Today, many of the leaders of Williamson County came together with our United States Congressman John R. Carter to state our opposition to the United States Fish and Wildlife Service's proposed listing of four species of salamanders, found in the Williamson County area, as endangered, triggering more federal regulation and intrusion on the rights of private property owners. Here is the press release from Congressman Carter's office:
"Central Texas salamanders could not be added to the list of endangered species under legislation to be introduced in the U.S. House of Representatives this week by Congressman John Carter (R-TX31).
In a news conference at a salamander habitat location in south Williamson County, Carter announced legislation blocking federal funds for any activities related to listing of the Austin Blind, Salado, Jollyville Plateau, and Georgetown Salamanders in Bell, Williamson, and Travis counties as endangered or threatened species by the U.S. Fish and Wildlife Service. The measure would prohibit a listing change prior to 2014 to allow ongoing environmental field studies to determine whether the salamanders need additional protections beyond those already enacted and pending by local governments.
'This decision is in great danger of being determined by politics and lawsuits rather than reliable and replicable scientific research,' says Carter. 'The fact that we stand in a location with a healthy salamander population adjacent to a major highway intersection shows we are protecting our salamanders and that the salamanders are not threatened by reasonable economic development. Future plans to protect our salamander populations should be made with the research data currently being gathered on this issue, rather than through politically-motivated court orders that seek to impose regulatory restrictions not warranted by fact.'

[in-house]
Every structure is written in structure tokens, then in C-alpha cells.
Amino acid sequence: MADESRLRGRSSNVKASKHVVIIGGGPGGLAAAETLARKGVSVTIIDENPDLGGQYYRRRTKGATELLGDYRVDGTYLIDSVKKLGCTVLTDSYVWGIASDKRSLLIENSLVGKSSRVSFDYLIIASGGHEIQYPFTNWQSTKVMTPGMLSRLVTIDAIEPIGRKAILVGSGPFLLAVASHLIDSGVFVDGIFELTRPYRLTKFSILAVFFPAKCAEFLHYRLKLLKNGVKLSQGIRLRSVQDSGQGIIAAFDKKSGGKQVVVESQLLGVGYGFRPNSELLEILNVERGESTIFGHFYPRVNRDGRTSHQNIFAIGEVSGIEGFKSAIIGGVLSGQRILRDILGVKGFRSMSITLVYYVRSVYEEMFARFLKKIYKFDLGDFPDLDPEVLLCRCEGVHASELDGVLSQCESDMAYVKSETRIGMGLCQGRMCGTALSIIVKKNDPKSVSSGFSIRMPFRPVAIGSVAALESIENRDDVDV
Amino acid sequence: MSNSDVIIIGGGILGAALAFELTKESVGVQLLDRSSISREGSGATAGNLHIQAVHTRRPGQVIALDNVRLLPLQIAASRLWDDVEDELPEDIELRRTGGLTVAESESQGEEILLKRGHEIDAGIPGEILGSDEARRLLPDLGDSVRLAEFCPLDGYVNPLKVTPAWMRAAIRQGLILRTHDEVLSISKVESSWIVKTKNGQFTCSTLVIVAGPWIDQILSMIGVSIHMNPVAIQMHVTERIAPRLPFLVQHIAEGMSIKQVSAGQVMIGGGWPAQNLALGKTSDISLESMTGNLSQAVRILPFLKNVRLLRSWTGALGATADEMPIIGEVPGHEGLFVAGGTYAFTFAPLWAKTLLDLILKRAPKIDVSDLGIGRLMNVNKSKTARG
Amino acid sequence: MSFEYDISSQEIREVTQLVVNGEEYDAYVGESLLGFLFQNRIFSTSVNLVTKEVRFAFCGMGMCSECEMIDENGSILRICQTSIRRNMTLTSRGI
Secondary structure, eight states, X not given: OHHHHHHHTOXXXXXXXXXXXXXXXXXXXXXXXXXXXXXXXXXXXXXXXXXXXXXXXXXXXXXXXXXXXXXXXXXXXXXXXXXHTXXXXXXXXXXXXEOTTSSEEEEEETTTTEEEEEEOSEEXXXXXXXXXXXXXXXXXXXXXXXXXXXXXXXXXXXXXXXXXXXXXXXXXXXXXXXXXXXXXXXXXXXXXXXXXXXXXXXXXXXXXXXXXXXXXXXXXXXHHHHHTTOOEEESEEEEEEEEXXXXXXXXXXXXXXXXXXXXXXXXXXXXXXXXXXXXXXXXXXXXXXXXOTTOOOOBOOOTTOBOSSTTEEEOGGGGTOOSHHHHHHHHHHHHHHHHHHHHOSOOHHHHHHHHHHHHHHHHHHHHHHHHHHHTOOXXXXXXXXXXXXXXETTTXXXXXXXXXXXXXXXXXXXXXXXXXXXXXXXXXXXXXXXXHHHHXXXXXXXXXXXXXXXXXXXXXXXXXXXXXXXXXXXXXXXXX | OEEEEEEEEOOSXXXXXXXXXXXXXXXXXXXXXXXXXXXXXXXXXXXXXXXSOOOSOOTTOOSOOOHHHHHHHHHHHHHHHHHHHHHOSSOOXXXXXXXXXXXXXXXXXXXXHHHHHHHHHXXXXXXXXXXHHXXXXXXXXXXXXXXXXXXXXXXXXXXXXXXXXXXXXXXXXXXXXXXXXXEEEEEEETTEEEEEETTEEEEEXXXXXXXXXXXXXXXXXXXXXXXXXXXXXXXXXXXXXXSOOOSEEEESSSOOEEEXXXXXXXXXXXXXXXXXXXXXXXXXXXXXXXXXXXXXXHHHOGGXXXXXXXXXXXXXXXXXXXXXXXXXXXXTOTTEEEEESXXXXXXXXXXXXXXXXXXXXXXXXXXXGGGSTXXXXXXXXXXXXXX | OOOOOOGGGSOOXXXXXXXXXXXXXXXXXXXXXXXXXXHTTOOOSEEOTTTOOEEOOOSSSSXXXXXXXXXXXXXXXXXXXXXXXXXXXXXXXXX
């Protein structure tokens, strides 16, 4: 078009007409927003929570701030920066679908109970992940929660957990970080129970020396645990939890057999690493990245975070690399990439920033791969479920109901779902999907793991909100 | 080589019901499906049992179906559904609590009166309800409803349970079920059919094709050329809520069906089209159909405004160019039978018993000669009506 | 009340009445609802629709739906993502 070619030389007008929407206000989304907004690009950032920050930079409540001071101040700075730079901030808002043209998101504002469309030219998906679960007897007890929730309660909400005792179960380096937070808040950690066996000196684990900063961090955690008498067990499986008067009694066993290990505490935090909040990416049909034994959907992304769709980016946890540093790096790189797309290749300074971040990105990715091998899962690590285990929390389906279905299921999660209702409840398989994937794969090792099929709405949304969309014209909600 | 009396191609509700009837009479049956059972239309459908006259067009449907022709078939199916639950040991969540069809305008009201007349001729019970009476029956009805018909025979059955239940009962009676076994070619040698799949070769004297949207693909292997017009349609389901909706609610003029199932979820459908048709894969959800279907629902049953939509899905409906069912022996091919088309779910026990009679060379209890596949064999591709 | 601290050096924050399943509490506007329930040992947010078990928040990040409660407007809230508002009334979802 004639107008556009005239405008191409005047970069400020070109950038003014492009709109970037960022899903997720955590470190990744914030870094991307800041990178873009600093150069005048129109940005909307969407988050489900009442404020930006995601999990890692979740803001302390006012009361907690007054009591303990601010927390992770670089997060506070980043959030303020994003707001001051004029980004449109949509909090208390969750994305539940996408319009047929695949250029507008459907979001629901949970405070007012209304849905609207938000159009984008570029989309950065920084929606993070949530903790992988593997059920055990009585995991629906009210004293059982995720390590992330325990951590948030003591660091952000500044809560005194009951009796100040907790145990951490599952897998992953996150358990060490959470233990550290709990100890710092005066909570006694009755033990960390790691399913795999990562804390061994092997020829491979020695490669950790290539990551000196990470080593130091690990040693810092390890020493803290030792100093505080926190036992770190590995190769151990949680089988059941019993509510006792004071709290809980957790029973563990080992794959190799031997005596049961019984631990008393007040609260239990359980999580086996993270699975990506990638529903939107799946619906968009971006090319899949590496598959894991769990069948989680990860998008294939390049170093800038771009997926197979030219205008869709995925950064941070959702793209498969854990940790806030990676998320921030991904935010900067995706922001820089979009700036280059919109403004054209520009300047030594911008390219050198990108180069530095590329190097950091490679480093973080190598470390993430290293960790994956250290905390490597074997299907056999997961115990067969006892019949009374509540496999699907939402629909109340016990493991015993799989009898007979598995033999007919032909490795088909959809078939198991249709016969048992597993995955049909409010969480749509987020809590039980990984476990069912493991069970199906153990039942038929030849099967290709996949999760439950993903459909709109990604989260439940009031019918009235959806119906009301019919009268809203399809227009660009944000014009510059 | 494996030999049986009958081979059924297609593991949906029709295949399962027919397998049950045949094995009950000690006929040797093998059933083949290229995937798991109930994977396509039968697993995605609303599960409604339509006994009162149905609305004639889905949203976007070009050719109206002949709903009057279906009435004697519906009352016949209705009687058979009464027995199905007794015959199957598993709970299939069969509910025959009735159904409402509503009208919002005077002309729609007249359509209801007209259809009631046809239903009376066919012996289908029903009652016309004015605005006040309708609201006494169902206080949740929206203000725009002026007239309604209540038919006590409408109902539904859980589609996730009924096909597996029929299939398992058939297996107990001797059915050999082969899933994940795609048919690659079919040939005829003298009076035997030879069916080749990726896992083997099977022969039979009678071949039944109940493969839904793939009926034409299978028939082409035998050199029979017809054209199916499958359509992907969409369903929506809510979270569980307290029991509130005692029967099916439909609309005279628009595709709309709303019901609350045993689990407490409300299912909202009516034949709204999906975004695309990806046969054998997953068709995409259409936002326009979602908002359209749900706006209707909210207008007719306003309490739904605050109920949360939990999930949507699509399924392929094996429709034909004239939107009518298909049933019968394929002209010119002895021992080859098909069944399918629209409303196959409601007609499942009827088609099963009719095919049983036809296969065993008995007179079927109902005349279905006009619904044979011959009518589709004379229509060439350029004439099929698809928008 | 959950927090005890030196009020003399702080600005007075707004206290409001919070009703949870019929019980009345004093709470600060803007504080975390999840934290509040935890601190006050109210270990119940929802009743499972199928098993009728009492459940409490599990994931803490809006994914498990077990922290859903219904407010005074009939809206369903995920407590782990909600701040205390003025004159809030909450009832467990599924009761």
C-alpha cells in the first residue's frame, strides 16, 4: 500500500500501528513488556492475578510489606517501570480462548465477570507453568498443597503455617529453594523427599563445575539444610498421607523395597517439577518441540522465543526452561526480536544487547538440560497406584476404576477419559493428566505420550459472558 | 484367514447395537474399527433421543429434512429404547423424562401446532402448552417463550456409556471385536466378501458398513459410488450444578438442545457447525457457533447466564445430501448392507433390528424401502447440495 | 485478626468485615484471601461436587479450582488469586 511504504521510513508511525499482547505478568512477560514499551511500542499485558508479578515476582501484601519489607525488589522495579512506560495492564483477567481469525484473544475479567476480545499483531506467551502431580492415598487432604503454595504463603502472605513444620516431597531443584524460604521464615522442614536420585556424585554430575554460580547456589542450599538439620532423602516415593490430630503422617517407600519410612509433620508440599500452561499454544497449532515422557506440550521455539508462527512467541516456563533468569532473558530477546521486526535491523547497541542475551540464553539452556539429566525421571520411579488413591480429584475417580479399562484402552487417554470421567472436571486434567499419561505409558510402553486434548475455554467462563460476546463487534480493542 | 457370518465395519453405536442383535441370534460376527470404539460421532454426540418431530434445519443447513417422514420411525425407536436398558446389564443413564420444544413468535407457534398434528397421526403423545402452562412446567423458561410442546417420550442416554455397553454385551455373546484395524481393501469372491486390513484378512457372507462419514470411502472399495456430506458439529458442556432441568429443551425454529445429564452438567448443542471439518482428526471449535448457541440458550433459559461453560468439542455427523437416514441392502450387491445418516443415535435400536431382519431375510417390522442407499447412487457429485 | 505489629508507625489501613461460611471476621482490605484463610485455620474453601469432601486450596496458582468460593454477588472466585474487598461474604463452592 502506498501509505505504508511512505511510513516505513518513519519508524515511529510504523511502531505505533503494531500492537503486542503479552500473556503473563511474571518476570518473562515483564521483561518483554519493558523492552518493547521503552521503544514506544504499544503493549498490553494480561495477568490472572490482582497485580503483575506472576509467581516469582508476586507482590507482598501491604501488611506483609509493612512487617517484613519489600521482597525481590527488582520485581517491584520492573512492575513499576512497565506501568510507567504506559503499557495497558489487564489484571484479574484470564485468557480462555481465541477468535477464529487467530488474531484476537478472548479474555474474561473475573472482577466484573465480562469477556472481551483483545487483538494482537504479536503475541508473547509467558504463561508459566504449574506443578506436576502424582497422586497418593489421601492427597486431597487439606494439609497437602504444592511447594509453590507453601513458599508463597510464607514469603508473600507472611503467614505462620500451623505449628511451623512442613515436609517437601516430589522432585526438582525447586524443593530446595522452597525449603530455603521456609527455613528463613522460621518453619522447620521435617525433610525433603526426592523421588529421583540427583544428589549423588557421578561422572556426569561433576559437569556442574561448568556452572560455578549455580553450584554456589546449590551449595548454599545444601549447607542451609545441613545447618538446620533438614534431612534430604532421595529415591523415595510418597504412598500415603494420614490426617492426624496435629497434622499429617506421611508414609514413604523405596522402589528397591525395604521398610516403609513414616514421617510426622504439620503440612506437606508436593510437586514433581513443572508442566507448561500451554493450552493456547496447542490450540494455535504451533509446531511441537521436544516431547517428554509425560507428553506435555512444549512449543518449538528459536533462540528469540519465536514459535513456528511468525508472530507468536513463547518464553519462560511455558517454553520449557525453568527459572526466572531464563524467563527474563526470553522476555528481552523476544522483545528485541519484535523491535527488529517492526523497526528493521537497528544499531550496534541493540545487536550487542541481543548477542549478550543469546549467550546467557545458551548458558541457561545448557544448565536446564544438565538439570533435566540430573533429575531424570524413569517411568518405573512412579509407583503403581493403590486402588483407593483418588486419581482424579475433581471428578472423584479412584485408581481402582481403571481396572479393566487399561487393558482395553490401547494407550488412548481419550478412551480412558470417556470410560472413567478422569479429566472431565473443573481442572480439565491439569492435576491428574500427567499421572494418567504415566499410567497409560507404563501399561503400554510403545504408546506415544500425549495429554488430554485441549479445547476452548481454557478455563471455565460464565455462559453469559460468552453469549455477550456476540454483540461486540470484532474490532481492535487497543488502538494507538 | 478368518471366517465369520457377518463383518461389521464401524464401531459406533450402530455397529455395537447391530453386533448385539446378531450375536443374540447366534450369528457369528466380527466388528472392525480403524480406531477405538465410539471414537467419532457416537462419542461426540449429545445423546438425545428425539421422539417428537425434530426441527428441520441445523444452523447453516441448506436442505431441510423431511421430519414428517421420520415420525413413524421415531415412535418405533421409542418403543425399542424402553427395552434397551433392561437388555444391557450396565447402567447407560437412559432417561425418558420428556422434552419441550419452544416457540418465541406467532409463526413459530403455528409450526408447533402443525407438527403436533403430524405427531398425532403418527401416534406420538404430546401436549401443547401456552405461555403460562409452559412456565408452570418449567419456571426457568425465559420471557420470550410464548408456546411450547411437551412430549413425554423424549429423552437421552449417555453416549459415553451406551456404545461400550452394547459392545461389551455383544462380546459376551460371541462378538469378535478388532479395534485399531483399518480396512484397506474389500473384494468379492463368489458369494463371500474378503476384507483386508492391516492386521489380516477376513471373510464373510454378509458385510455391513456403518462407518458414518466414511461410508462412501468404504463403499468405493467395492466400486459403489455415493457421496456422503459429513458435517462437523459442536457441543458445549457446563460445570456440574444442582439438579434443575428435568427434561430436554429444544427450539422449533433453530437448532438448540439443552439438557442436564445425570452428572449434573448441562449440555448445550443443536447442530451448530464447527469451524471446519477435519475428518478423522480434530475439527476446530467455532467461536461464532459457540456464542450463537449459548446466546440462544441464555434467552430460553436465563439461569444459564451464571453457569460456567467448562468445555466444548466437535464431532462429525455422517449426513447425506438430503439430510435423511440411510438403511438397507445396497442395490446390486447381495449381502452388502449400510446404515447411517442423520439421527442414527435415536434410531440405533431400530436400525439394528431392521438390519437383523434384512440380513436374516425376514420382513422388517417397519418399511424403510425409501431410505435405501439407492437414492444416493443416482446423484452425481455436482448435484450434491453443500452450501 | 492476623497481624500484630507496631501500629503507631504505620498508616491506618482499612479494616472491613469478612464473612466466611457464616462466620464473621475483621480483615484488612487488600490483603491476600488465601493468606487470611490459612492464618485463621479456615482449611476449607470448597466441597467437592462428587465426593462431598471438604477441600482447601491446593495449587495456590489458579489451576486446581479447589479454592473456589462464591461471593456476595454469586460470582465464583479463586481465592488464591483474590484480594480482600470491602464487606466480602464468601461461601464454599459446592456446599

'Williamson County has historically made an effort of preserving the environment for future generations. So this is not about the County standing in the way of clean water efforts. Our monitoring results show that there are numerous populations of the species in the County. Many of these locations are already in preserved areas, but healthy populations have been found in the midst of development as well,' said Williamson County Precinct 3 Commissioner Valerie Covey.
'We are in just the second year of a five-year study on the salamanders. Our research and monitoring efforts are comprehensive, current and conducted in a scientific fashion. The Service is relying on inconsistently-obtained and not validated information collected by the City of Austin to move forward with their listing. The best available science must be used as the basis for this decision,' stated Precinct 1 Commissioner Lisa Birkman, president of the Williamson County Conservation Foundation Board."
Also in attendance at the press conference were State Representative Larry Gonzales, District 52 (R-Round Rock); Commissioner Cynthia Long; Cedar Park Mayor Matt Powell; Cedar Park Mayor Pro Tem and Republican State Representative candidate for Dist. 136 Tony Dale; Round Rock Mayor Pro Tem Kris Whitfield; Round Rock ISD Superintendent Dr. Jesus Chavez; Georgetown City Councilmember Troy Hellman; representatives from US Sen. Kay Bailey Hutchison's office and from State Rep. Dr. Charles Schwertner's office; and about eighty other folks.
For more information on the Williamson County Conservation Foundation, visit http://www.wilco.org/wccf.